Tuesday, May 08, 2007

Motorola (NYSE:MOT): No board seat for Carl Icahn

- CIBC comments on Motorola (NYSE:MOT) after news reports and comments from Mr. Icahn and Motorola suggest he fell short of his goal to win a board seat.

While the close vote suggests a large number of investor are unhappy with the current state of the company and pace of restructuring, it gives CEO Ed Zander room to work. But time will be short and Mr. Zander will now clearly be under the board's gun to show improvement.

The vote outcome is likely to negatively impact the shares in the near term as some investors expected Mr. Icahn to push for more aggressive near-term steps. The firm also looks for the company to be less aggressive on buyback activity in the near term, which could reduce support for the shares.

Firm's estimates and SP rating are unchanged. Regardless of the make up of Motorola's board, management has a significant amount of work to do. They would wait for more evidence of a turnaround that may not come until late in 2007 before revisiting our rating. Maintains neutral opinion.

Notablecalls: I'm hard pressed to see any real downside in MOT stock following the news. Icahn blamed his loss on three or four large mutual funds he did not identify that threw their support behind Ed Zander and the board. Zander better show some results in H207 or he will lose the backing of these large holders.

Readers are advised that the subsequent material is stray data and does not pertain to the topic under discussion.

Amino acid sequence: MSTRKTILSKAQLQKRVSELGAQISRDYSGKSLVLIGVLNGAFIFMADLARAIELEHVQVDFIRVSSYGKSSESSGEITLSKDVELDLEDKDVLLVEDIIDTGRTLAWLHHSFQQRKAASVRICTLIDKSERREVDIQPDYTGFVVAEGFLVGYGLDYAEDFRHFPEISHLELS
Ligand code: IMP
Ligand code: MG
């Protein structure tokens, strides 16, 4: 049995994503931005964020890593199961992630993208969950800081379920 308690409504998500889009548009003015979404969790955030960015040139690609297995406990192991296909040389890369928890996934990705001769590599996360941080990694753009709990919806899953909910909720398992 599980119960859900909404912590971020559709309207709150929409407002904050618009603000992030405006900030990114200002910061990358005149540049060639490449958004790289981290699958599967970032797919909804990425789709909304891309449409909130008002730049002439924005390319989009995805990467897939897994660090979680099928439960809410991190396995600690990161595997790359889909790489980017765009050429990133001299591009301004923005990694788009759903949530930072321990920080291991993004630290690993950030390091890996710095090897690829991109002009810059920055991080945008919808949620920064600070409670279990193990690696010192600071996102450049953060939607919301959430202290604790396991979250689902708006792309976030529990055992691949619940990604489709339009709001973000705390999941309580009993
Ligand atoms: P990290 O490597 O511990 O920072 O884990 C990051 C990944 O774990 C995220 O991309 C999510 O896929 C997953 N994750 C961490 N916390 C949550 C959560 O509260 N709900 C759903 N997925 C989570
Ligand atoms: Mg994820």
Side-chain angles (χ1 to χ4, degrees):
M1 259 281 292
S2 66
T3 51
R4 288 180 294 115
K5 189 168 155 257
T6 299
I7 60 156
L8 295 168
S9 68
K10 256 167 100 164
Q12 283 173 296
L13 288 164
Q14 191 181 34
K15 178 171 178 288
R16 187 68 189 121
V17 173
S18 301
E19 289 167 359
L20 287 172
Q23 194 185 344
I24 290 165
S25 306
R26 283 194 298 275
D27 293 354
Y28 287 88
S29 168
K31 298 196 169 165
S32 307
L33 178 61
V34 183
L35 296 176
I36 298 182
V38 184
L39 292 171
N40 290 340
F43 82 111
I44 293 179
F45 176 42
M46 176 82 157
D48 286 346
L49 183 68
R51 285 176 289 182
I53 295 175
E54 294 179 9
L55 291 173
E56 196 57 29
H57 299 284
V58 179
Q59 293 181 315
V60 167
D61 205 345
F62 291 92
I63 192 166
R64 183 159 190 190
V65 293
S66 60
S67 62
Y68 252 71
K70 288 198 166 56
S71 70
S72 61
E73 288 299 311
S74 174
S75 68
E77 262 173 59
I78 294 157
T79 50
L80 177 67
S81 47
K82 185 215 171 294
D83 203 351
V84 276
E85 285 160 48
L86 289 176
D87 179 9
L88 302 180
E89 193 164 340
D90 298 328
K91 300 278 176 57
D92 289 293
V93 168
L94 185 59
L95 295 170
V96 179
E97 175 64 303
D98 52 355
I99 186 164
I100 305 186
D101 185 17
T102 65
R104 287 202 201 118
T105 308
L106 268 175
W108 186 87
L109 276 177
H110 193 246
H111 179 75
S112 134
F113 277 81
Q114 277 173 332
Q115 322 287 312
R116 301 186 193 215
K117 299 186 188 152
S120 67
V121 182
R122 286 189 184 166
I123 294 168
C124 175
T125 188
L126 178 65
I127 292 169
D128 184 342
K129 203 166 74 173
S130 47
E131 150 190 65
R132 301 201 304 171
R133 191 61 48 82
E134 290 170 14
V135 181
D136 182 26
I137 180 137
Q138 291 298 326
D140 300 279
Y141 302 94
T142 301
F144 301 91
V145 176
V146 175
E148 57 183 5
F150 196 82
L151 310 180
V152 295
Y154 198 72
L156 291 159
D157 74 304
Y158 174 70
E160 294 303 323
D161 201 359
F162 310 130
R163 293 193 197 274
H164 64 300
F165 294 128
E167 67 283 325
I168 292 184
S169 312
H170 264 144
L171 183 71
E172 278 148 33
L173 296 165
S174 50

Reuters reports: Icahn, 71, has taken roughly a 3 percent stake in Motorola since he revealed plans in late January to seek a board seat. After Monday's meeting, during which he said his bid had likely failed, Icahn said he had no plans to sell his shares.
"It's a very, very good investment," he told reporters outside the Art Institute of Chicago. "It's just a question of do they have good enough management to carry it home.
"The next three, four months are going to tell the story and I really hope Ed (Zander) is correct in what he's saying and that things will go well," he added.

Icahn initially had said he wanted Motorola to conduct a large share buyback, but after a bleaker-than-expected 2007 outlook he changed his position, saying fixing the company's
operational problems took precedence.

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